From Microfinance to Financial Inclusion: Opportunities are Everywhere
Over the past several decades, microfinance has gone mainstream. Even as microfinanciers are learning to manage the challenges of success, a second wave of microfinance ideas is emerging, learning from the success of startups in other industries and offering innovative new twists on for-profit and non-profit microfinance.
When Muhammad Yunus started Grameen Bank in the late 1970s, his goal was to help people raise themselves out of poverty, using a financial model that the wealthier part of the world already enjoyed: business loans. His revolutionary idea was to offer micro-loans in sizes appropriate for the entrepreneurs whose businesses were not official, had no employees or titles and often consisted of growing vegetables in their garden for sale or selling eggs from their chickens. Conventional banks didn’t see opportunity in offering tiny, unprofitable loans to poor people with no credit history or collateral. Yet, Yunus saw immense demand for microloans and put social impact before profit maximization.
Over the next three decades, the micro-lending industry grew quickly and expanded to most developing countries. The model was overwhelmingly praised, so much so that Yumus and Grameen earned the Nobel Prize for Peace in 2006.
By 2010, the rapid growth of the industry led to the perception that many institutions were prioritizing financial performance over their original social impact missions. Microfinance organizations were in danger of basically turning into commercial banks. Some leading institutions even faced claims that they pushed their clients further into desperation, as the borrowers were unable to repay their loans with extremely high interest rates. While most of the allegations appear to have been fabricated, the microfinance industry went through a period of soul searching.
Recently, the leading institutions in microfinance have begun transforming from product-centric to client-centric operations, trying to account for clients’ needs rather than for the most profitable products. Female empowerment and financial education have become new priorities, and products are becoming more tailored to different segments. For example, most poor clients are now offered leases on their business equipment instead of cash loans. Microfinance institutions encourage their clients to start micro-savings accounts and purchase micro-insurance for their families and property.
Microfinance has also started to build inter-industry relationships. Today third-party companies help small entrepreneurs that outgrow microfinance and continue scaling—all while ensuring that their growth benefits the community. Similarly, innovative startups are partnering with microfinance institutions to offer inexpensive solar, water purification and sanitation products to the poor. At the same time more consumer-oriented and targeted microfinance companies, such as KIVA, make microfinance familiar to the general public.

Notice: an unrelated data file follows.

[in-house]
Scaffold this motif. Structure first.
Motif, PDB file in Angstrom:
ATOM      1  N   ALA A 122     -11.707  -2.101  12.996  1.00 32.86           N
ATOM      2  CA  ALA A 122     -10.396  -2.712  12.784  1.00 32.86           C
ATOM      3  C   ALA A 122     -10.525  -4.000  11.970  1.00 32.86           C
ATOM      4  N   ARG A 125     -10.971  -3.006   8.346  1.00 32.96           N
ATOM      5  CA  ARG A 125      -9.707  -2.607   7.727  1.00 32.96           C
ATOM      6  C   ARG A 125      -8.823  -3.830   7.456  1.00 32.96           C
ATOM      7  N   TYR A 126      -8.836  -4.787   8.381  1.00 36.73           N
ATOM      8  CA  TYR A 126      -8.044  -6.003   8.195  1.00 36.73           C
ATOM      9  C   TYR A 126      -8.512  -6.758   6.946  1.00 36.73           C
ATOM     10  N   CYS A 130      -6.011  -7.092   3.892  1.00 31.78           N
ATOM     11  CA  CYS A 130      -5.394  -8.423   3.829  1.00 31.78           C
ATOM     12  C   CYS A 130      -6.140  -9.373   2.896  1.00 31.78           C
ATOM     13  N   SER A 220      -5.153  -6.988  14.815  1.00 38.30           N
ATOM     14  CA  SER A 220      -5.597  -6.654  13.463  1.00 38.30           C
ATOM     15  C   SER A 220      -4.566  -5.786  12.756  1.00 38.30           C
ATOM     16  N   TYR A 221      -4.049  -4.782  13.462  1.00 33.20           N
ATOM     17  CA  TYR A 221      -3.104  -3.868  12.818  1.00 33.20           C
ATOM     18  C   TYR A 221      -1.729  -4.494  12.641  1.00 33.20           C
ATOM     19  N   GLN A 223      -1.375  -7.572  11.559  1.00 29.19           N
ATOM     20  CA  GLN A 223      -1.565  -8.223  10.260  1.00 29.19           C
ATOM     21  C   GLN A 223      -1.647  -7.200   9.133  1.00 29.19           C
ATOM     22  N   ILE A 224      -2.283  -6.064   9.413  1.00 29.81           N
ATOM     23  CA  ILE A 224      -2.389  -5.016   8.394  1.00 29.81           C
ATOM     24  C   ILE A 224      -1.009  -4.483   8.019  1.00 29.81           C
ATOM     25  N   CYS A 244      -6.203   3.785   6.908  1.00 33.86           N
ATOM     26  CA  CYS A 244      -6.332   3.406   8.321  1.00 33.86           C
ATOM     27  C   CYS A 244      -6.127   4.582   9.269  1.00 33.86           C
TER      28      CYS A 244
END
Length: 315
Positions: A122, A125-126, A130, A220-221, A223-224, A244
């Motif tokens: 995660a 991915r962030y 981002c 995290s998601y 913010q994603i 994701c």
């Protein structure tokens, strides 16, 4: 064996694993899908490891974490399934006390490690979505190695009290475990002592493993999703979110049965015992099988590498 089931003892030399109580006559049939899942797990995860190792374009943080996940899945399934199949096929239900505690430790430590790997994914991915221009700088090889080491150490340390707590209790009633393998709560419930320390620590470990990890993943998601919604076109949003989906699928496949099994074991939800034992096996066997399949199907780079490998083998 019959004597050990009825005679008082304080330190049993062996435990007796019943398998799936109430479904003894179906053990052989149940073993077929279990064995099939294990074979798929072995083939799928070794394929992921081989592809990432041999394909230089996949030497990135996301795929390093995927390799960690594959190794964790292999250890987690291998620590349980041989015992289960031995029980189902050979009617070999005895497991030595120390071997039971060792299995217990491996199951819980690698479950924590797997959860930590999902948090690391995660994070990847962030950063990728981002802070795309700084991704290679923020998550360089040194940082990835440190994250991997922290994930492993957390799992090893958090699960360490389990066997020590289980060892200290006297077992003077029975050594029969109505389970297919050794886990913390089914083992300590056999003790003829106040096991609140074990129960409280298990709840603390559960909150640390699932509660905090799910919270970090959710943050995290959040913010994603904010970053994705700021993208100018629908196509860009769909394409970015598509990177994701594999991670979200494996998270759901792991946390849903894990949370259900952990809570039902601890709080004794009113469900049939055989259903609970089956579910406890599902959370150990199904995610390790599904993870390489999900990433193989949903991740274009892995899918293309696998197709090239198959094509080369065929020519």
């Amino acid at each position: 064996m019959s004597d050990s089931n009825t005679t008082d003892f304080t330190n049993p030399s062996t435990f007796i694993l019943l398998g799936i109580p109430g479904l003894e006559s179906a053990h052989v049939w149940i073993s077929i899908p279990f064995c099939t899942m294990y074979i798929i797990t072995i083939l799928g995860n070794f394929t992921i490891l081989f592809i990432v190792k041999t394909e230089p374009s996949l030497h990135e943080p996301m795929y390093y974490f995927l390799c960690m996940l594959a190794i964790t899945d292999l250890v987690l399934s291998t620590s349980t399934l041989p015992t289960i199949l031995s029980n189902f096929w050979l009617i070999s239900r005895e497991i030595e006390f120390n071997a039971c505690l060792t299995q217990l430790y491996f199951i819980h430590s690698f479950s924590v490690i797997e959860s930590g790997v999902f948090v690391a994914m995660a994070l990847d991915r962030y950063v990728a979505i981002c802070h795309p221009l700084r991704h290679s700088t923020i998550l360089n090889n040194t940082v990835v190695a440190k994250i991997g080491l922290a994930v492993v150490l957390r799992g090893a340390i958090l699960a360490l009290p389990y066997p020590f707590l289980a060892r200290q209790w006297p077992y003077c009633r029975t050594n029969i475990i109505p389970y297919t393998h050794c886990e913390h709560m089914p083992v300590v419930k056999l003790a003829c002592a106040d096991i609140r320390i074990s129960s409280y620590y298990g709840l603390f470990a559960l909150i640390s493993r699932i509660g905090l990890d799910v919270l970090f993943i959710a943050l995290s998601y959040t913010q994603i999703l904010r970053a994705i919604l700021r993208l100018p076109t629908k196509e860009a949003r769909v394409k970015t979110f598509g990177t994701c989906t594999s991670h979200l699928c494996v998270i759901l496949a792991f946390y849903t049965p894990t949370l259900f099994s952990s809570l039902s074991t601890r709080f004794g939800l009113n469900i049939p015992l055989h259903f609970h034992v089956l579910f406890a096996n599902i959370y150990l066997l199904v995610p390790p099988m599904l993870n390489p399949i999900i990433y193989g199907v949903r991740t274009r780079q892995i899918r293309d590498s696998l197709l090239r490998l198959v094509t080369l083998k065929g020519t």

As the microfinance industry is evolving how it does business, its definition also got a makeover. The terms “inclusive finance” or “financial inclusion” gained popularity, emphasizing that the loans are only a part of the solution.
Over the last few years microfinance even entered the First World. KIVA ZIP allows someone to make direct loans to entrepreneurs in the USA. ACCION, which has over 30 years of microfinance experience in Latin America, Africa and Asia, now offers small loans for U.S. residents who have no credit history and to startups less than 6 months old. Bayou MicroFund, which was founded last year in Houston, specifically targets local micro-entrepreneurs and startups helping them receive interest-free loans.
Following the trends with tech startups, microfinance lending is also becoming more social. Puddle, a San-Francisco startup still in beta, allows users to create “a line of credit on-the-fly with your friends.” Once the pool of money is created, it is available for borrowing based on the terms and interest rate set by the group.
The microfinance industry is almost 40 years old, but it only recently began expanding beyond its original mission to help poor entrepreneurs in the developing world. Given that over 3 billion people still live at or below the poverty level, the industry’s potential for further growth and evolution remains immense.
The question is, what exciting new non-profit and for-profit models will come next?